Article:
In January 2018, a website published an account of a woman who claimed to have had the “worst night” with comedian Aziz Ansari, of the popular show Master of None. She vividly describes how she met Aziz the 2017 Emmy’s after-party. They arranged for a date later, where they went out for dinner and then to his house. She complements him about his kitchen counter-tops and what comes next is a detailed account of how Aziz refused to see her hesitance and continued to make his advances, at one point shoving his fingers down her throat, until she finally said ‘no’. She later sent him a text saying she had not had a good night and he “had to have noticed (she) was uncomfortable.”
Aziz did come out with a response, saying he thought all that ensued over the course of the night was “consensual”. The article broke hearts around the world, as desis mourned the icon’s inevitable demise from the public eye, his fall from India’s pride to embarrassment. Slowly but surely, he fizzled away from the limelight, as most men called out in the #MeToo movement and rightly so. It is the saying that makes it to the top of everyone’s quotable quotes – you can’t separate the art from the artist. You can’t consume someone’s work and not support them. Support is support, and support that let’s a sexual offender go on with his life, forgetting anything ever happened, surely is unacceptable.
So when Aziz announced that he was taking his new tour Road to Nowhere to India, naturally the ‘woke’ jumped to attend it. A brown man with an accent – who could resist?
What I experienced at his show in Mumbai was simple confusion. I didn’t want to be there. The ghosts of my social media past screamed, “Stand with the women! Believe the women! Women need support!”and here I was, doing everything wrong on a Saturday night.
But it is work – a review is a review – I did not choose this, I took one for the team. And with the tickets and good old human hope clenched in my fists, I waited for the show to begin.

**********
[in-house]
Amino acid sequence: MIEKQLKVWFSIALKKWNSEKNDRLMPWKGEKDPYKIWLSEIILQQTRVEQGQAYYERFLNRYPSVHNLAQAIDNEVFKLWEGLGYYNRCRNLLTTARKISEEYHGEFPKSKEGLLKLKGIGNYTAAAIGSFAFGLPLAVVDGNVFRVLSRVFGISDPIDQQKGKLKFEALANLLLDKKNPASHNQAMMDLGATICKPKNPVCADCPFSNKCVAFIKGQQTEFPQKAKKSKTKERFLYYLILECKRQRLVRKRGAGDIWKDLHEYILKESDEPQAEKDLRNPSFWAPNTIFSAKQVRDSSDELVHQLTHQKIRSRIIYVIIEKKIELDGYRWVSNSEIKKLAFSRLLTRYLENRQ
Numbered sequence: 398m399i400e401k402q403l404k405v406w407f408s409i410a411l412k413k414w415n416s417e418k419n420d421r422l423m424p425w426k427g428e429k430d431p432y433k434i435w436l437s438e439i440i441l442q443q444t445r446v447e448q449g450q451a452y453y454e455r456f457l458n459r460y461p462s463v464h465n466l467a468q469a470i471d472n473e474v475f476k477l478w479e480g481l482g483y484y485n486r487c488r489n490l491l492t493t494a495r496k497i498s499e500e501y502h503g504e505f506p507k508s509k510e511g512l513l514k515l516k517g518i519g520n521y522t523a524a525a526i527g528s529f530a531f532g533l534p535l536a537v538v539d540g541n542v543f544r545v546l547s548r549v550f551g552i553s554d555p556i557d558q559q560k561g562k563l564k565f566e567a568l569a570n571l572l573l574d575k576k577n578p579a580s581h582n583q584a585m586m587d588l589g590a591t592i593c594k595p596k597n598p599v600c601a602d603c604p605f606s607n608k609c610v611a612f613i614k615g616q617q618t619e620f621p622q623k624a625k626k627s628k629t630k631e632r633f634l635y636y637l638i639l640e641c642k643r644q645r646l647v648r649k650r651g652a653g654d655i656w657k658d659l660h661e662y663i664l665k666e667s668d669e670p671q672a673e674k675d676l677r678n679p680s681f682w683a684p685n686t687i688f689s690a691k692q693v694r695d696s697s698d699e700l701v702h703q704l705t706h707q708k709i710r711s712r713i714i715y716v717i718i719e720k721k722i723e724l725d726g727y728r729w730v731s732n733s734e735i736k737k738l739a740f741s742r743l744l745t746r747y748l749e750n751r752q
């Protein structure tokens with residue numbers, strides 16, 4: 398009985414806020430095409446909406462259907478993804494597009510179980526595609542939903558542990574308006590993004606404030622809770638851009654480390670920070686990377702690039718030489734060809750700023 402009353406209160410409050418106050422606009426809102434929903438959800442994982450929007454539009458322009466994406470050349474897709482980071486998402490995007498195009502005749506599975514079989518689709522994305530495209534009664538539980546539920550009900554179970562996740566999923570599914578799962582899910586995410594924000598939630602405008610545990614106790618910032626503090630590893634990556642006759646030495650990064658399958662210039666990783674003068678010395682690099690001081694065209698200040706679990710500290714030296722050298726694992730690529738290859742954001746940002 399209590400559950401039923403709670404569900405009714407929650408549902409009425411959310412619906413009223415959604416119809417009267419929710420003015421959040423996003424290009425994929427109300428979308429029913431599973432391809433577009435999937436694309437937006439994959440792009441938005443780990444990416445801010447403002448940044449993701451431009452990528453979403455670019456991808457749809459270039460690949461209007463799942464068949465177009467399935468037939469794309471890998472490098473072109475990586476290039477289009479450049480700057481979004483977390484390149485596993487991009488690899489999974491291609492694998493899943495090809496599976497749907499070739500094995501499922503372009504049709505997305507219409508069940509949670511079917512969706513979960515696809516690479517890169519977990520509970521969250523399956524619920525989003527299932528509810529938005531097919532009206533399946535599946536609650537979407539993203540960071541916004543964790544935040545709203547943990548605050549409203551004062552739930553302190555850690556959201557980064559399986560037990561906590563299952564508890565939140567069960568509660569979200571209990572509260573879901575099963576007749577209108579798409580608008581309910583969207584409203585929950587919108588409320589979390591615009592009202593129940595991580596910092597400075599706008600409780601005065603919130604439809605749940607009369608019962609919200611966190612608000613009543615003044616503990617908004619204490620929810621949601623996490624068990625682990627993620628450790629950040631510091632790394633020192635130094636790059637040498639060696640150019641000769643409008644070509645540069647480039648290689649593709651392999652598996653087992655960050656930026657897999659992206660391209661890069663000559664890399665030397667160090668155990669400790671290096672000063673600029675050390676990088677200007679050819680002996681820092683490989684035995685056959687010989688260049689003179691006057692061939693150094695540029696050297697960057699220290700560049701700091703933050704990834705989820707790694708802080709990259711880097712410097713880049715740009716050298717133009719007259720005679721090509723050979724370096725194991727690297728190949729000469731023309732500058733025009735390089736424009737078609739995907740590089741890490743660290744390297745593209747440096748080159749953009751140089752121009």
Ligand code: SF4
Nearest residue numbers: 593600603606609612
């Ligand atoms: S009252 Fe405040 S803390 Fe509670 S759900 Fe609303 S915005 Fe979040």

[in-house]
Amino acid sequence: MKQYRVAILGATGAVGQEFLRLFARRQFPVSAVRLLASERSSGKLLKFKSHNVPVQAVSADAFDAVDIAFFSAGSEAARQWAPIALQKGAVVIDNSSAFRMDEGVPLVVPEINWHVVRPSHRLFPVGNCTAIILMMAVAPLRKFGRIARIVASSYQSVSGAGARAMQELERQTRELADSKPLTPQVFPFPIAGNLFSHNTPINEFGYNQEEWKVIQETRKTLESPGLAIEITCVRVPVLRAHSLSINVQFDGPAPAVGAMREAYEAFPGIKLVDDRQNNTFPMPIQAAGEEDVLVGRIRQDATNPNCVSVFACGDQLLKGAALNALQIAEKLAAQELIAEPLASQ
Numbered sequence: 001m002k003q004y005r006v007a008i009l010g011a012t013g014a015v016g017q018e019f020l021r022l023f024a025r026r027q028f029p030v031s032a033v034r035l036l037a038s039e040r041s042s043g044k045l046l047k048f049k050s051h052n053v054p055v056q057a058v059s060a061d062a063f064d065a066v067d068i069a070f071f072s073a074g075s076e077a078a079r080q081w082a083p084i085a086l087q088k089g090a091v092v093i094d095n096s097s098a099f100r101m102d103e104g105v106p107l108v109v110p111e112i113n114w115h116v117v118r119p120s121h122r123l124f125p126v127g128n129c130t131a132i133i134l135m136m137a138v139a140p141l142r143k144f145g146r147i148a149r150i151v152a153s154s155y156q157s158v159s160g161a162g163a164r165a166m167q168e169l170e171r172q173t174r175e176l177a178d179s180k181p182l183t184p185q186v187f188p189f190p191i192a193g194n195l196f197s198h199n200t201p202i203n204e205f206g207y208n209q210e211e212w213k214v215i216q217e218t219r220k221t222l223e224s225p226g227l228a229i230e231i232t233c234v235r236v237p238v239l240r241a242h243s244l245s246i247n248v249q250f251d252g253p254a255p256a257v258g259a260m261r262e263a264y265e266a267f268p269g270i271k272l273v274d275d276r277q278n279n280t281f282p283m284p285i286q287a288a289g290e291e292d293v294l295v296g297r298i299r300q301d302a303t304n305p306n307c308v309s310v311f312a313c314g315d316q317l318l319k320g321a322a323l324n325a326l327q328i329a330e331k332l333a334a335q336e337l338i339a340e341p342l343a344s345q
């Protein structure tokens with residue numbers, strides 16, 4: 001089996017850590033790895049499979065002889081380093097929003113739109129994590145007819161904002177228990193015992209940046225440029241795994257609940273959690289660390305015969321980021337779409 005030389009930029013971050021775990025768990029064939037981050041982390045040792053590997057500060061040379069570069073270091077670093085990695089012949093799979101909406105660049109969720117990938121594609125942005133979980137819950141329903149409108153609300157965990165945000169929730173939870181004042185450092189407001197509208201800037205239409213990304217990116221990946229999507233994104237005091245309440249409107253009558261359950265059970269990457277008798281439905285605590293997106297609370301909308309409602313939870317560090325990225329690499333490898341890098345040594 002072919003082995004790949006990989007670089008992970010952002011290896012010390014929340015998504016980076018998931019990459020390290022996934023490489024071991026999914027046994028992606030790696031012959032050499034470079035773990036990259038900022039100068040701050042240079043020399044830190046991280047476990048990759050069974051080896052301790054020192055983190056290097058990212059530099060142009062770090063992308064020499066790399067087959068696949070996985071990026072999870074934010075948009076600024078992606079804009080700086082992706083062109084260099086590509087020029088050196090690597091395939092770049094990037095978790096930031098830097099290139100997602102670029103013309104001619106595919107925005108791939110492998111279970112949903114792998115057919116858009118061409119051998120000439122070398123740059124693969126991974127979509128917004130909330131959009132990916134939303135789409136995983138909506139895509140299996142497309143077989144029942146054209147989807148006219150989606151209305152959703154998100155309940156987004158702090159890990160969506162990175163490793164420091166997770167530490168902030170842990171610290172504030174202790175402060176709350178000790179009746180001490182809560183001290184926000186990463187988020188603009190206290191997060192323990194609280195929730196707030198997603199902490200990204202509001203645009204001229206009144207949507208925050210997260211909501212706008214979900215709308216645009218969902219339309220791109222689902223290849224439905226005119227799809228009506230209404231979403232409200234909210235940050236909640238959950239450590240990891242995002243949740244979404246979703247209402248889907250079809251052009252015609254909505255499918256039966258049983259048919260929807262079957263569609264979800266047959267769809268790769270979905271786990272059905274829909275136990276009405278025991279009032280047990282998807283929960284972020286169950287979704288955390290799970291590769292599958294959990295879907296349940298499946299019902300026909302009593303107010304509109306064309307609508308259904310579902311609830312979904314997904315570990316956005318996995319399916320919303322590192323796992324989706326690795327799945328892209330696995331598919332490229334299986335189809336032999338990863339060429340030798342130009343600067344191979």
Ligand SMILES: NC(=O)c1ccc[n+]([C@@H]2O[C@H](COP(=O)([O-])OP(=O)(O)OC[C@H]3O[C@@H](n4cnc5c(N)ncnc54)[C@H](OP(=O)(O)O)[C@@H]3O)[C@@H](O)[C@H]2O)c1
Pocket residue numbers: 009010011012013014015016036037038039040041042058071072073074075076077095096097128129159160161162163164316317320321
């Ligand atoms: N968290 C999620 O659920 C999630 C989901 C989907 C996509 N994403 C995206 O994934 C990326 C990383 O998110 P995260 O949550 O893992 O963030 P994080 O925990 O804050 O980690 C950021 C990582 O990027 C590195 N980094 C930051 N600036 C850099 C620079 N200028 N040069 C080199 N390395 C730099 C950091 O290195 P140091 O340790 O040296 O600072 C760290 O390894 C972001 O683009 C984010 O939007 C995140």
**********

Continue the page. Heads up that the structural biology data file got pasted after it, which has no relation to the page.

“We’re all shitty people” is the general theme of the set for Aziz’s Road to Nowehere. My cynical mind is telling me that this is his way to push us into forgiving him. He doesn’t address the elephant in the room directly. You’re left uncomfortably looking at the person next to you every-time he cracks a sexual joke. Is it okay to be here?
The audience erupts into laughter as he tells an audience member that he can’t say her name right but can “think of other names to call her.” I begin to feel uncomfortable. It wasn’t that the joke itself wasn’t funny, it was that I wasn’t too sure I wanted to hear it from him. And then began a pattern. He slowly moves on to talk about R Kelly and mocks the societal blacklisting that followed. He then talks about Michael Jackson and the “children”. It pushed you to the edge of your seat, as he circled around the topic but refused to directly address it.
A strange tease, it is as if he was pushing the audience to see exactly how far they could go. Till finally, he talks about himself.
“I haven’t said much about that today.” And so he begins to tell us how it broke him, took away everything from his life that he had taken for granted. “Everything goes away like this” says Aziz, as he dramatically speaks into the mic, snapping his finger to indicate a Thanos-like end. He lists out his regrets, then points out how most of all, he regrets making her feel like that. He tells the audience it is all about appreciating what you have and living in the moment with the people around you. He continues to soften the blow as he tells the audience they are his people in this moment, that he is thankful for them, then wishes everyone a good night.
I don’t know what everyone around me is thinking at this point, but there is pin-drop silence. Inside, I feel a weird anger. The entire show feels like betrayal. He didn’t come here to make us laugh, he came here to build a story-line to make himself feel better. Is Aziz here because the white world wouldn’t forgive him?
We’re all shitty people, Aziz, yes. But we don’t yank out opportunities out of someone’s trauma. An apology at the end of the show, followed by thanking everyone who showed up... it was escapist. Smart, but questionable.
“I’m glad he spoke about it.” was the general sentiment after the show.
But here’s my question – how could he have not? A vocal advocate for feminism, a man trying to clamber out of his own ragged mess – how could he not? The problem was the lack of sincerity. Sometimes you don’t want an entire set’s build up to hear the human “sorry”. Which, in hindsight, I don’t think he did at all! Why not start the show with it? Why build up to it with weird comic scheming? Sometimes you don’t want to be given explanations; and though the set was clever, had a few excellent punch-lines, for sure a break from our drab and dreary lives – it also felt problematic.
And just that day, that’s the last thing I wanted it to be.